consisted of uncorroborated statements, defendant employer's motion for
summary judgment denied where supervisor i) went on at length that he was
training the new employee because she was young and hence, a good
investment; ii) on a separate occasion he stated that he enjoyed training
young women; iii) when plaintiff asked when her supervisor would train
her, he responded that he liked to train young women instead); Instead,
"these remarks are too isolated and ambiguous to support a finding of age
discrimination." Pasha v. William M. Mercer Consulting, WL
188077, at 5 (S.D.N.Y. Feb. 2, 2004) (no finding of age discrimination
where supervisors talked about recruiting young people from the actuarial
side of the business to become consultants and one supervisor said that
he and plaintiff should be thinking of retirement at their age)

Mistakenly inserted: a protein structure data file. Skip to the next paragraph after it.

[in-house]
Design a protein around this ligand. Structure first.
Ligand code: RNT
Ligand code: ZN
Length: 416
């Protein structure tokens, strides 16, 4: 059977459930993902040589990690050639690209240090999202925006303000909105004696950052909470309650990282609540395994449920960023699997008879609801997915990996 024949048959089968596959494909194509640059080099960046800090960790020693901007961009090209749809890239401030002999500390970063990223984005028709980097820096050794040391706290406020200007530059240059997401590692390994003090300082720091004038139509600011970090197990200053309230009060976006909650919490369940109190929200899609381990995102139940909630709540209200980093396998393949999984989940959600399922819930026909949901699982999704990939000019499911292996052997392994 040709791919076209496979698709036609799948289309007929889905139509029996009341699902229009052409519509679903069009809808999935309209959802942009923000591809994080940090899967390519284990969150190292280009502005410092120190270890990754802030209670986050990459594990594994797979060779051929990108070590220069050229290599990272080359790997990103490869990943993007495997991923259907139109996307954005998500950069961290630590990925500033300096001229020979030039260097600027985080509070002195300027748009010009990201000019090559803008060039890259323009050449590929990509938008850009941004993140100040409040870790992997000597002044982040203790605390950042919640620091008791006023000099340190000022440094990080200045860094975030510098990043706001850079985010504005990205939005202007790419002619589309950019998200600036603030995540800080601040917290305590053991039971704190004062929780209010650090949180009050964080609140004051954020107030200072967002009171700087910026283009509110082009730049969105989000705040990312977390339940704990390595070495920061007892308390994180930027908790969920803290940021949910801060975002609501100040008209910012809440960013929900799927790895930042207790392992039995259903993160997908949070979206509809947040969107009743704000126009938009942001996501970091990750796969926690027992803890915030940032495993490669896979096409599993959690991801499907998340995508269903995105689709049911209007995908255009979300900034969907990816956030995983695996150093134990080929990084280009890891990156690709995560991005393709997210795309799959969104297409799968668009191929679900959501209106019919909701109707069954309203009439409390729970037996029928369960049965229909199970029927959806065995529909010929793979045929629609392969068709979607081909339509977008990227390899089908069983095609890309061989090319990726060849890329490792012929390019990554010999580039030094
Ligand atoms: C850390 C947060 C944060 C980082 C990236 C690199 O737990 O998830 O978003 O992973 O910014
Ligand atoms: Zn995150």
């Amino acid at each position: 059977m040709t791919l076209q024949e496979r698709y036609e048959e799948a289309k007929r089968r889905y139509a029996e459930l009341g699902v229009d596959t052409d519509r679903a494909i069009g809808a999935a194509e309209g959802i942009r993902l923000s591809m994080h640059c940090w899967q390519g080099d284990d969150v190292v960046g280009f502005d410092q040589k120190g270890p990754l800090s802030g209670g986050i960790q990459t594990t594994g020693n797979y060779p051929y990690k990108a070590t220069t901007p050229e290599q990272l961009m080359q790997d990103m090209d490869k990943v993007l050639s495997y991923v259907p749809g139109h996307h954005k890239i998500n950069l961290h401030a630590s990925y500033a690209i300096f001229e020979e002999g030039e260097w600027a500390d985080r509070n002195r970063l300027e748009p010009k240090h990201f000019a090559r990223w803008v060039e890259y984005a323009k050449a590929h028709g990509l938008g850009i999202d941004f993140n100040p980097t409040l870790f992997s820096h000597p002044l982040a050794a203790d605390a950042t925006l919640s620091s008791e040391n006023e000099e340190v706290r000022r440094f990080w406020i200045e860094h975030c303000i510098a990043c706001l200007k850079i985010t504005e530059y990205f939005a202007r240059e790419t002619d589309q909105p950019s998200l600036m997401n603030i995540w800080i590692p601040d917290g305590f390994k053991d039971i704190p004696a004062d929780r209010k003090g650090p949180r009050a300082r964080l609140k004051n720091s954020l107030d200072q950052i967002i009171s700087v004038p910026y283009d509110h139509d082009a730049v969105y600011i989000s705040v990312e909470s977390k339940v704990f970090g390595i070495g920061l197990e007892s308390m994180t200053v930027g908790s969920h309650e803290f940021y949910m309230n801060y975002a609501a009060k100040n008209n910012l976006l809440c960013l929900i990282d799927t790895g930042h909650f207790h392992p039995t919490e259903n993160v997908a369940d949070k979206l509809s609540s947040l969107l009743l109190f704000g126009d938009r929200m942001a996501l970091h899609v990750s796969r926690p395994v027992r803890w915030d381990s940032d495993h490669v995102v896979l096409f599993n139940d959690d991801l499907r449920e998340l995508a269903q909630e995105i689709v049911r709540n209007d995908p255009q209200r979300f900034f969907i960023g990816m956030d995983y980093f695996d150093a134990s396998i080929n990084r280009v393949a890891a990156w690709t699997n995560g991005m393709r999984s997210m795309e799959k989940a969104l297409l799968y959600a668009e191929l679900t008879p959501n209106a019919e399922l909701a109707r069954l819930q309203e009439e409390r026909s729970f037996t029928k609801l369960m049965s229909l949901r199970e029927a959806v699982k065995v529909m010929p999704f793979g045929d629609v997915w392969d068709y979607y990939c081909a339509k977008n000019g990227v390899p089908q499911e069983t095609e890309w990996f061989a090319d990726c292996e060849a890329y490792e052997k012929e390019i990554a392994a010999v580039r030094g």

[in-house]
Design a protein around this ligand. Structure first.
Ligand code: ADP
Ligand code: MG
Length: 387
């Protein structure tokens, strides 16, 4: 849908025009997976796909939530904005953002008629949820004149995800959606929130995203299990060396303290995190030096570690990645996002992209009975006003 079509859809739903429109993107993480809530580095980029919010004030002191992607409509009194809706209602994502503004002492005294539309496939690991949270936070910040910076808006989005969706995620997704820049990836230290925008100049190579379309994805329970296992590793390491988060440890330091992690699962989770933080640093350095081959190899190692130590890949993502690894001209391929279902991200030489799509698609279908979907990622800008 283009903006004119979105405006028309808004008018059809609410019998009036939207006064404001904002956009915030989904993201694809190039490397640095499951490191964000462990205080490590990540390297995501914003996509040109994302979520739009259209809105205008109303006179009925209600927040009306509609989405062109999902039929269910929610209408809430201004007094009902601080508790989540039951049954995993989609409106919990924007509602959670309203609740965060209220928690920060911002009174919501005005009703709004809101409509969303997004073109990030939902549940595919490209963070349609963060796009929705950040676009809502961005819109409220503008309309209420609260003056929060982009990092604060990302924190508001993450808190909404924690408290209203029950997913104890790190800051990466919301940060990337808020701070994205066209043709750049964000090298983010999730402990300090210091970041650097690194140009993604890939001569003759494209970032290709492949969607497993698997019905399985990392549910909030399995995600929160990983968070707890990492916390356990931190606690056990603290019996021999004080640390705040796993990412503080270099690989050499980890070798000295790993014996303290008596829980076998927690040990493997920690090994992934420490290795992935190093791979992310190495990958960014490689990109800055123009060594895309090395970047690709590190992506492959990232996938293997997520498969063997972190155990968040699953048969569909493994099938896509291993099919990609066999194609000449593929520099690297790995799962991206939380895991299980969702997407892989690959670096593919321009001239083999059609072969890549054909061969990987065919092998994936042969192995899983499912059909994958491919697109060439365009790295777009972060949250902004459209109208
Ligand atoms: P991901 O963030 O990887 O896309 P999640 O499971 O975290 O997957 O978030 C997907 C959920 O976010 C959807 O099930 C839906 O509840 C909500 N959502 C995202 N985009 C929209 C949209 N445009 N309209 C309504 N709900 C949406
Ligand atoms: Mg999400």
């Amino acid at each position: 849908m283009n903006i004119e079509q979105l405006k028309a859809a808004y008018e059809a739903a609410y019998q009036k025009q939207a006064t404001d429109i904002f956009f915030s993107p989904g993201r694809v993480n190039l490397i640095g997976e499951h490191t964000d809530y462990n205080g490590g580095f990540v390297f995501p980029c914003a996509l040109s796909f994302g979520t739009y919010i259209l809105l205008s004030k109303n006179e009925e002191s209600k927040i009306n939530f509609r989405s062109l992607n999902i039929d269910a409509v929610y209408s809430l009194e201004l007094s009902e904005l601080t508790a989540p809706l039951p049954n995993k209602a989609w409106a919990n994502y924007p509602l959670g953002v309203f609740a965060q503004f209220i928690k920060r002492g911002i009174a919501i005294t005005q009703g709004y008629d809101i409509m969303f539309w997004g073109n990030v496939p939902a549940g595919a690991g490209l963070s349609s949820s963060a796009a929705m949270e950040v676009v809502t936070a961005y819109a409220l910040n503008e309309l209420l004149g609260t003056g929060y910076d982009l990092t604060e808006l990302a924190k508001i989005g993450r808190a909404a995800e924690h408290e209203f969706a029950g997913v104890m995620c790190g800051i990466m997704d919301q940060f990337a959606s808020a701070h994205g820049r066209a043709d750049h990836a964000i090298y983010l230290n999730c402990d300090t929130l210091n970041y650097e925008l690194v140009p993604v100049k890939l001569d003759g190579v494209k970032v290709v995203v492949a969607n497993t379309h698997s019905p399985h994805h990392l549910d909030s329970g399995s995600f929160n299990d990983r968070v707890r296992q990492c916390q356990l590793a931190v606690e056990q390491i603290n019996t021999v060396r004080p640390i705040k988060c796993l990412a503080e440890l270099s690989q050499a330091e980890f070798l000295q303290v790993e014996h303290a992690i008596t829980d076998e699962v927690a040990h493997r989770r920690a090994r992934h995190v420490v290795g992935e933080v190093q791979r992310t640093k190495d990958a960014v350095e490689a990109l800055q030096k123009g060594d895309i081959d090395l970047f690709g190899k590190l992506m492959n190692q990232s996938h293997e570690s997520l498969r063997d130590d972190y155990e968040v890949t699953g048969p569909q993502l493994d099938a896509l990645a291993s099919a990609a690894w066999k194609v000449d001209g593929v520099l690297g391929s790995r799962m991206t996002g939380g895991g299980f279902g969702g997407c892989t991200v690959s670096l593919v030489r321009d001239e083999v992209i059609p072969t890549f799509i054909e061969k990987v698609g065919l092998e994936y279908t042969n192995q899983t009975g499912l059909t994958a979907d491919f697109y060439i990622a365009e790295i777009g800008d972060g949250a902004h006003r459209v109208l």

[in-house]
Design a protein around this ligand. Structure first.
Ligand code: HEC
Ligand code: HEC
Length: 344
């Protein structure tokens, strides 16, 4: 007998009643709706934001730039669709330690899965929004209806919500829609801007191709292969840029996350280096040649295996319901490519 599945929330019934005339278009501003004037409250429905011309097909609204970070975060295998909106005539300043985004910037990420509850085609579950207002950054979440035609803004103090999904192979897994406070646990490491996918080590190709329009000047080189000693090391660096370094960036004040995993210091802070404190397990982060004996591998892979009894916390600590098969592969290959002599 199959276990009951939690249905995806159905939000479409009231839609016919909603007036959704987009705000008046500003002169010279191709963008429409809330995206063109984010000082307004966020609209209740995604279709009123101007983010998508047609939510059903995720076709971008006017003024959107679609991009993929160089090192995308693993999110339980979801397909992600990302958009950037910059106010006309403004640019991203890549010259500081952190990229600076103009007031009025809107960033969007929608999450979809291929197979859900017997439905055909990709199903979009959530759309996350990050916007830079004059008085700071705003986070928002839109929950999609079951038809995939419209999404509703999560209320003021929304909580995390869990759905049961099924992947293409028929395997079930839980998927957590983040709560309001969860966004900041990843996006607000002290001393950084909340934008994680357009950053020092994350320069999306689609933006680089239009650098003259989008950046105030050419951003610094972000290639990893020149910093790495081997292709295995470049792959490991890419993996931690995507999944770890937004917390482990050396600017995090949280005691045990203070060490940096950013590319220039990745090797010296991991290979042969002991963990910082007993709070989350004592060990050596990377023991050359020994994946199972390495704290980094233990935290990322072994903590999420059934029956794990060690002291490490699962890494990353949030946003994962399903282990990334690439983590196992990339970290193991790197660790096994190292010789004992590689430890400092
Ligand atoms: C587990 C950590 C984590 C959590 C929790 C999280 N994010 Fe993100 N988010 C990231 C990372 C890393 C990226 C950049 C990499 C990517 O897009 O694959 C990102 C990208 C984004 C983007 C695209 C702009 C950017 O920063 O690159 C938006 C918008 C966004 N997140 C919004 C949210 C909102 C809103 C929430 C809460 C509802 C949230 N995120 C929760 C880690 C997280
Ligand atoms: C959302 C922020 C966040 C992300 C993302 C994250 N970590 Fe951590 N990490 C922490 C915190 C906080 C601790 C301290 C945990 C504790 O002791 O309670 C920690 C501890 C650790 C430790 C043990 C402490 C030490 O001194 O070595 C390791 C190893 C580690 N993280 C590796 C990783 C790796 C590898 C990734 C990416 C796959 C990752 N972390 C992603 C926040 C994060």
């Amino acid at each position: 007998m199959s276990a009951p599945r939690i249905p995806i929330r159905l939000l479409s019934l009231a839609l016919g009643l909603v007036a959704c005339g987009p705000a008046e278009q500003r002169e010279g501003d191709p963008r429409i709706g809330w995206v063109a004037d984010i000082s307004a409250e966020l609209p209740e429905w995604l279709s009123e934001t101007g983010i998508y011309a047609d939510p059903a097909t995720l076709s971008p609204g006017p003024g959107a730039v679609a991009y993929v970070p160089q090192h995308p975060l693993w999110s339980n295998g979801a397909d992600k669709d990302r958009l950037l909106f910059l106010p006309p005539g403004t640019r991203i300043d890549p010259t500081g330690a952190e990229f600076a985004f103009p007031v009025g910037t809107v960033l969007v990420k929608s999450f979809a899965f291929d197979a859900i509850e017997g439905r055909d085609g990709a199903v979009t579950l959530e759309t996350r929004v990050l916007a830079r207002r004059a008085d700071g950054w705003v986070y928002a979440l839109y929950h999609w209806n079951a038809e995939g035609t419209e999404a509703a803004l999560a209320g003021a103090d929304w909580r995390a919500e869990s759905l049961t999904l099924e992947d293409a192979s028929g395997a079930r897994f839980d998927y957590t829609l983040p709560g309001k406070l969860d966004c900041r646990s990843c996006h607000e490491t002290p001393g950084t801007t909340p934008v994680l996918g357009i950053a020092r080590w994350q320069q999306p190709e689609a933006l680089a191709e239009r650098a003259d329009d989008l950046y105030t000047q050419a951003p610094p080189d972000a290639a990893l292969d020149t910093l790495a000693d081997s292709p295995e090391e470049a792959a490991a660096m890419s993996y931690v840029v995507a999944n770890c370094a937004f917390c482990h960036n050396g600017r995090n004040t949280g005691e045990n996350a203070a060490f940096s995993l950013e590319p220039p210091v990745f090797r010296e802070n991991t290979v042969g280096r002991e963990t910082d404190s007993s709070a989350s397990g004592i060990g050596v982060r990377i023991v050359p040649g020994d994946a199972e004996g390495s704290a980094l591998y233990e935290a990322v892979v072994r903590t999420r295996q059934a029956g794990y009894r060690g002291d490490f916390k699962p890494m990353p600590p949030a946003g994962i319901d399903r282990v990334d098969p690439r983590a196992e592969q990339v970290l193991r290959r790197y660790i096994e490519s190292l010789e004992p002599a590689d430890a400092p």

citing Douglas v. Dist. Council 37 Municipal Employees' Educ. Fund
Trust, 207 F. Supp.2d 282, 291 (S.D.N.Y. 2002). See also Molin
v. Shapiro, 2003 WL 22056217, at 1 (2d Cir. Sept. 4, 2003)
(supervisor's remark that employers who were younger than plaintiff were
the future of the company was subject to various interpretations, none of
which were sufficiently indicative of a discriminatory intent). Like
other cases in which courts in the Second Circuit have found that summary
judgment in favor of the employer was proper, the statements plaintiff
relies upon are "no more than . . . passing flippanc[ies]" and "too
immaterial to withstand a properly-supported motion for summary
judgment"). Id. at 6, citing Bern v. United Mercanfile
Agencies, 942 F. Supp. 217, 220 (S.D.N.Y. 1996). See also Hatter
v. Fulton, 1997 WL 411623, at 5 (S.D.N.Y. Jul. 21, 1997) (employer
entitled to summary judgment because supervisor's comment that company
"needs young people" was merely a "stray utterance that is insufficient
to give rise to an inference of discrimination"); Buompane v.
Citibank. N.A., 2002 WL 603036, at 12-13 (S.D.N.Y. Apr.18, 2002)
(employer entitled to summary judgment despite decision maker's comments
that she wanted an "energetic young buck," and sought a "young,